Aftermath: Local Trifecta Shreds a Super Bowl Sunday Scout Bar

Reasons to see The Last Place You Look live:

  • They put on a hell of a show.
  • They were named 2009's best alternative band in Texas by 94.5 The Buzz.
  • They're actually really nice guys.
Sunday night, at a post-Super Bowl party hosted by Scout Bar and A.D. of The Buzz, Floorbound, From Guts to Glory and The Last Place You Look satiated the crowd while leaving us wanting more. And our ears are still ringing.

Before each band's performance, A.D. commended the XLIV Super Bowl champions the New Orleans Saints lauded the vanquished Indianapolis Colts for a game hard-fought, and reminded the crowd that the Minnesota Vikings were supposed to win all along. The response to which proved surprisingly favorable of Minnesota. How many northerners do we have here? Maybe they were just Brett Favre fans. Then again, who isn't?

Sadly, Floorbound's heavy, melodic pop set went underappreciated, if for no other reason than the low number of people who were there at the beginning of the show - and From Guts to Glory, who The Buzz named 2009's best rock band in Texas, performed with similar intensity.

By the time, TLPYL took the stage, the venue was packed.

Video by Matthew Keever; click here for another

TLPYL lead singer Nava made a point to thank Floorbound and From Guts to Glory for their performances, as well as applaud those in the crowd who had been there from the start of the show. Obviously, TLPYL wants to promote their own music, but they're also interested in endorsing other local bands. And for good reason - other band's personnel can make good last-minute substitutions.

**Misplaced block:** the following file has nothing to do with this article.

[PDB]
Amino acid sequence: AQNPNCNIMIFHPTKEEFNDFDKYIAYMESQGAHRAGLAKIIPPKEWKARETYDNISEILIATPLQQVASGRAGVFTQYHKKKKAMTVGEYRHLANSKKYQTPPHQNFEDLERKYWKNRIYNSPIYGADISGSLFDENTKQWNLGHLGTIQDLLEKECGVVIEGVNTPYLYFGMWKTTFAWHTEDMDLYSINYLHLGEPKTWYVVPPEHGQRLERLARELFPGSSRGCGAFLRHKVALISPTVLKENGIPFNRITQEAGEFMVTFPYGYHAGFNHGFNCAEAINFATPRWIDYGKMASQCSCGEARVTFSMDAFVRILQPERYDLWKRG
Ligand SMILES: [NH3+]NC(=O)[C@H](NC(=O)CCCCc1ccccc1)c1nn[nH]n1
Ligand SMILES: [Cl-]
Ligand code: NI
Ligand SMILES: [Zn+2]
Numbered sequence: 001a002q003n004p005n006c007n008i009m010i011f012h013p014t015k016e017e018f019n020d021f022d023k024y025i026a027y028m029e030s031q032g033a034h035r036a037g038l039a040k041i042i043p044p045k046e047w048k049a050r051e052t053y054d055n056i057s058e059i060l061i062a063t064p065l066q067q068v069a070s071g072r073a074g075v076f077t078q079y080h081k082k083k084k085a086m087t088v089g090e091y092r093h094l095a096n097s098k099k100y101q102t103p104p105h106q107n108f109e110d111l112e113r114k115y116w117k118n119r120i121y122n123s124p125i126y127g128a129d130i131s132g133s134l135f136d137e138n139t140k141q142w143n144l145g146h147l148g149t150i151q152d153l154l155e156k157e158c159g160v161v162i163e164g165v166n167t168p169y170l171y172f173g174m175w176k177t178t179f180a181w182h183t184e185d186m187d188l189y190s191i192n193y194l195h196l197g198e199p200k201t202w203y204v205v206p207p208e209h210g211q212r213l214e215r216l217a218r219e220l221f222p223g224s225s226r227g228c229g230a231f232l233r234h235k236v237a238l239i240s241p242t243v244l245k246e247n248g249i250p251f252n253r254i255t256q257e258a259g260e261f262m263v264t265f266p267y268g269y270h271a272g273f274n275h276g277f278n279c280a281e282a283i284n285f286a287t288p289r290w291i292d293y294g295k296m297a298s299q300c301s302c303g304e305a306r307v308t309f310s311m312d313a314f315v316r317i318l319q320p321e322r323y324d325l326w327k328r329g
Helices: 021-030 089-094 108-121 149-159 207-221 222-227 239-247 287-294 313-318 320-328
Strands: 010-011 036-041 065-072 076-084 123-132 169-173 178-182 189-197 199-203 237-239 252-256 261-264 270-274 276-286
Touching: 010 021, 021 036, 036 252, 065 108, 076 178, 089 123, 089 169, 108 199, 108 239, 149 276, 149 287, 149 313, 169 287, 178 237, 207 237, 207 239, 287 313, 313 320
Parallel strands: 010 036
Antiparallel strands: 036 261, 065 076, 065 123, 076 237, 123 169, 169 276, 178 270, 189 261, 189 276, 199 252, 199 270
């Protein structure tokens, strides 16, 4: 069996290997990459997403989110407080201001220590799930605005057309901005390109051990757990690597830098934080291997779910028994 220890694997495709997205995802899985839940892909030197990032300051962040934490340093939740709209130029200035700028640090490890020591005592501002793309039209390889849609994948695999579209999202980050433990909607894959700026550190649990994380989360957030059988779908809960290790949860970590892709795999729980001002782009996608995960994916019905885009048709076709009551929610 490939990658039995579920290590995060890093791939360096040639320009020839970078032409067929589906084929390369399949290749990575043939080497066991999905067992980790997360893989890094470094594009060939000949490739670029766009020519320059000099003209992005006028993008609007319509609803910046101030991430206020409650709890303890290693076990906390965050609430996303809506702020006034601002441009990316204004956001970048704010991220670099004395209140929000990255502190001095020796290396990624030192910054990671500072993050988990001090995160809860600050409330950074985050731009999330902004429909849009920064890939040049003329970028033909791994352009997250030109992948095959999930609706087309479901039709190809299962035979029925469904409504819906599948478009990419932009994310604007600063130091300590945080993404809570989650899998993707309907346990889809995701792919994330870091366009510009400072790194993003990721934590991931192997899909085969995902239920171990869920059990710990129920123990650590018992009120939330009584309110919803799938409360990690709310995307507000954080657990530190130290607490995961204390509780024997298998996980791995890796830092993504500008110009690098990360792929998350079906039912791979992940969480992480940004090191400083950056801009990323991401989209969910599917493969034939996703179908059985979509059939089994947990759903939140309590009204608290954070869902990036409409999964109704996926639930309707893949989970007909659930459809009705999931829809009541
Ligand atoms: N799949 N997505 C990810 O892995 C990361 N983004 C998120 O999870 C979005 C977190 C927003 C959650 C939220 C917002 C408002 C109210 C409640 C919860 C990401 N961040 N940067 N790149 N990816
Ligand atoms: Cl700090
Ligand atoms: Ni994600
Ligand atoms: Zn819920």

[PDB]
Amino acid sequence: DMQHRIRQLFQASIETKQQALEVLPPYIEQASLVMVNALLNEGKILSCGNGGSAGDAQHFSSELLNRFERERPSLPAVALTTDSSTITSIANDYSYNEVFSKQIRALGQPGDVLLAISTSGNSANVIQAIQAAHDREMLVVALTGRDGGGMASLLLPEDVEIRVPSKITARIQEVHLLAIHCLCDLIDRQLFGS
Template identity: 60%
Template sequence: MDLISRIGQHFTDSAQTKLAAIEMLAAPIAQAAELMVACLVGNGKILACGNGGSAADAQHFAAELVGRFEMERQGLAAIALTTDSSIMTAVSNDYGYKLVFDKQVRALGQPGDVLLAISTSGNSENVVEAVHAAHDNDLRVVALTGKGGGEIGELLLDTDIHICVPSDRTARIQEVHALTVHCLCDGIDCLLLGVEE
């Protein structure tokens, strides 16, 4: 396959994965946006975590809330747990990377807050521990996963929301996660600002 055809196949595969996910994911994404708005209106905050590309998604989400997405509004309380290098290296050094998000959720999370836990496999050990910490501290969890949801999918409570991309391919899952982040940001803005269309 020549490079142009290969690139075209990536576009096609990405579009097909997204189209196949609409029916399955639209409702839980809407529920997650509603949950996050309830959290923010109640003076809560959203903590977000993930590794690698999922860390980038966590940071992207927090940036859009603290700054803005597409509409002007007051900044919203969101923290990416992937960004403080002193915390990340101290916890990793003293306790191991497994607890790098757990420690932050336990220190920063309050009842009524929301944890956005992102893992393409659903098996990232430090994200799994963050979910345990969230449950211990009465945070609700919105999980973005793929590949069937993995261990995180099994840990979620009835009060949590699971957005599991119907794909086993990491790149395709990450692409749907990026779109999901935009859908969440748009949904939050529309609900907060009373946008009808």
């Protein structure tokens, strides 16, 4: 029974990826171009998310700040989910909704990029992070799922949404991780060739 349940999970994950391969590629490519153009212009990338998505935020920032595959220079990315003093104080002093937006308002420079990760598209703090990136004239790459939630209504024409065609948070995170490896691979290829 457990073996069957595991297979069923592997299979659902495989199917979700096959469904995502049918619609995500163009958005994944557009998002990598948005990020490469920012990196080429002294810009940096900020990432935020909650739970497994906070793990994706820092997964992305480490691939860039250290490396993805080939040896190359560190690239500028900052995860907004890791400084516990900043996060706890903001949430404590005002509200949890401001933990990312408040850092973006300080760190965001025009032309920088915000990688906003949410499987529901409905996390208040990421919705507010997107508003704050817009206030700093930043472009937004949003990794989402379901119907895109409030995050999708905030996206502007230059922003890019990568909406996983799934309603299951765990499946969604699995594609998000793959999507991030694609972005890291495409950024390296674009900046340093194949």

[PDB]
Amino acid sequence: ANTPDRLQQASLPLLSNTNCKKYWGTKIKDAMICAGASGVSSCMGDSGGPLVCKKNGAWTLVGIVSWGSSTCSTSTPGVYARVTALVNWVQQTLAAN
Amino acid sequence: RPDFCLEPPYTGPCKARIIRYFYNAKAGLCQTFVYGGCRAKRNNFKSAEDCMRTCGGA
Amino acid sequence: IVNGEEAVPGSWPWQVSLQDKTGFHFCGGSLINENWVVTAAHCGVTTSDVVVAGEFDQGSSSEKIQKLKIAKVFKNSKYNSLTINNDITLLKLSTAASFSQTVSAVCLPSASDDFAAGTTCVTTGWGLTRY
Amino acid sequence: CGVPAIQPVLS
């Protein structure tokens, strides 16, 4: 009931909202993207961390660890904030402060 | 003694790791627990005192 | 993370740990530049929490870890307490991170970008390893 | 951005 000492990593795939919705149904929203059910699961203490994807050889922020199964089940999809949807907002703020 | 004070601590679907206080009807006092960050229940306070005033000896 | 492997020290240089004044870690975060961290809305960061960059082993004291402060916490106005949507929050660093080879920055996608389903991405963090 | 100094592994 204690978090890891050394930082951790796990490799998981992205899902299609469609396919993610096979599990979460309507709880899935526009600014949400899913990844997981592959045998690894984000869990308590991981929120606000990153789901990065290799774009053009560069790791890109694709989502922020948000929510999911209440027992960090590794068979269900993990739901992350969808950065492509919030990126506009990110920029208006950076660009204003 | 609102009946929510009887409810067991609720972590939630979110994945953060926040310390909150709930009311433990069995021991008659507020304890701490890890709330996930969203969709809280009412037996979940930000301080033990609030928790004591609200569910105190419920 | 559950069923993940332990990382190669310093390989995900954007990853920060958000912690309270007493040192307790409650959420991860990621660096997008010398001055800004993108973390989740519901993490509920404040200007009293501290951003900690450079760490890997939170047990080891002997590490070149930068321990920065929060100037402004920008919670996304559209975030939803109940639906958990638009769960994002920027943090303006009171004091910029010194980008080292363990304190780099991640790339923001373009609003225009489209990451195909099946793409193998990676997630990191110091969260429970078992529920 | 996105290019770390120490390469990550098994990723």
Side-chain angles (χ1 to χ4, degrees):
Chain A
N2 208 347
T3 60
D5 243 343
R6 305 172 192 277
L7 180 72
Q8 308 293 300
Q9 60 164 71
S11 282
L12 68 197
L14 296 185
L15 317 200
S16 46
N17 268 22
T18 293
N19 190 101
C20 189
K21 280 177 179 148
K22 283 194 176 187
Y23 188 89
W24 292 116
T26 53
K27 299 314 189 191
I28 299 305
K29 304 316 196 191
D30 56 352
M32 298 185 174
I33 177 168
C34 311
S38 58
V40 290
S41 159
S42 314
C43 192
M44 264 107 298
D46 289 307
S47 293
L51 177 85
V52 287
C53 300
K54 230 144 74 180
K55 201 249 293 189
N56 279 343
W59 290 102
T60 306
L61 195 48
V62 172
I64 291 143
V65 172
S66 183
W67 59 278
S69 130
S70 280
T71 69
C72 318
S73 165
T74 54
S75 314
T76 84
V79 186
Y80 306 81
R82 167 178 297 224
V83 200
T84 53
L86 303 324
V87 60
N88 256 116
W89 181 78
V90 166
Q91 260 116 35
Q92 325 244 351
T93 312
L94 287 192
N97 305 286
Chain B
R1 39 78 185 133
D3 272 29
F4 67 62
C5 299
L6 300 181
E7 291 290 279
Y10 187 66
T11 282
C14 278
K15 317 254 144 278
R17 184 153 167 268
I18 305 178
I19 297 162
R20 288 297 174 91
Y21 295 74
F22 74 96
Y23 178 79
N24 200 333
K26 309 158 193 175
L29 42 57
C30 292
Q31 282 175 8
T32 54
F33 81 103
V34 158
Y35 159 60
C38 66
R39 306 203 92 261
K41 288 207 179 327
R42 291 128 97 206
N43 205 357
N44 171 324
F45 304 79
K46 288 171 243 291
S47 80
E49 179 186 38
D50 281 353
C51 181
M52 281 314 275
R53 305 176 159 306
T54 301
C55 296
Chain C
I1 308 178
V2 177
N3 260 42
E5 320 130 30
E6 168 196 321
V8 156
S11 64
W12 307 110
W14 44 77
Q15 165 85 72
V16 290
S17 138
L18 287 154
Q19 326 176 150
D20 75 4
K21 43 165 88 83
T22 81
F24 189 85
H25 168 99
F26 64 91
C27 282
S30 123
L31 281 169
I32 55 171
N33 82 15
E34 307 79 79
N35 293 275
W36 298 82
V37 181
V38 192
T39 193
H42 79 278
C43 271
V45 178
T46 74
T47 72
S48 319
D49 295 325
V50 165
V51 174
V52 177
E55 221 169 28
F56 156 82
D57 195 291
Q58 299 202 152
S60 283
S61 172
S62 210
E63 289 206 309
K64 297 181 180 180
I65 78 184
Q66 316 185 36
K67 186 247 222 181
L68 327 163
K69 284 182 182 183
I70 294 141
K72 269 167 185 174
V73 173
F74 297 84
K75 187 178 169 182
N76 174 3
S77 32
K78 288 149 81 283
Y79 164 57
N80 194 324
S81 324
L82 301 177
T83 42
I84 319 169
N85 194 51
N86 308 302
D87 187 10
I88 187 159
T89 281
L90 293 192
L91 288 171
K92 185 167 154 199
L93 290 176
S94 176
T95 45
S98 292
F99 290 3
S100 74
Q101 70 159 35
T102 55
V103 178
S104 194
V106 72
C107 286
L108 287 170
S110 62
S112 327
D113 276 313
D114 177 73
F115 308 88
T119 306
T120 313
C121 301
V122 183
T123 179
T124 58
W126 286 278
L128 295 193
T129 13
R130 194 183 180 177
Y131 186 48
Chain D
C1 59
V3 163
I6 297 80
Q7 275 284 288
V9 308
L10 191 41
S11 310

One of TLPYL's guitarists, Richard Sherwood, couldn't make it to the show, so Floorbound's lead singer/guitarist, Keith Sparks, filled in. Even though he was admittedly drunk, he put on a good show and, minus a few guitar solos not quite matching up with TLPYL's album See the Light Inside You, the gig went off without a hitch.

Andy Moth beat his drums to a pulp, Kevin Pool's bass boomed, Derek Young shredded his guitar and both Nava and Pool's vocals reverberated throughout the crowded bar. One inebriated, overzealous fan ruined a lot of our pictures and videos, but we still had a good time. And we can't deny that we were singing along to quite a few of the band's songs.

This heavy strain of Texas music, while undeniably up-and-coming, still seems relatively unknown outside the niche audiences that comprise these bands' fan bases. We need to start paying attention before these guys blow up and we all regret not making it to their shows when they were free, or cheap enough where the bands are still more than happy to mingle with their fans.

And if you're still hung up on the length of the drive to Scout Bar, we promise it's worthwhile. We also think it's pretty cool that you can smoke inside, but that's just us.

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Matt is a regular contributor to the Houston Press’ music section. He graduated from the University of Houston with a degree in print journalism and global business. Matt first began writing for the Press as an intern, having accidentally sent his resume to the publication's music editor instead of the news chief. After half a decade of attending concerts and interviewing musicians, he has credited this fortuitous mistake to divine intervention.
Contact: Matthew Keever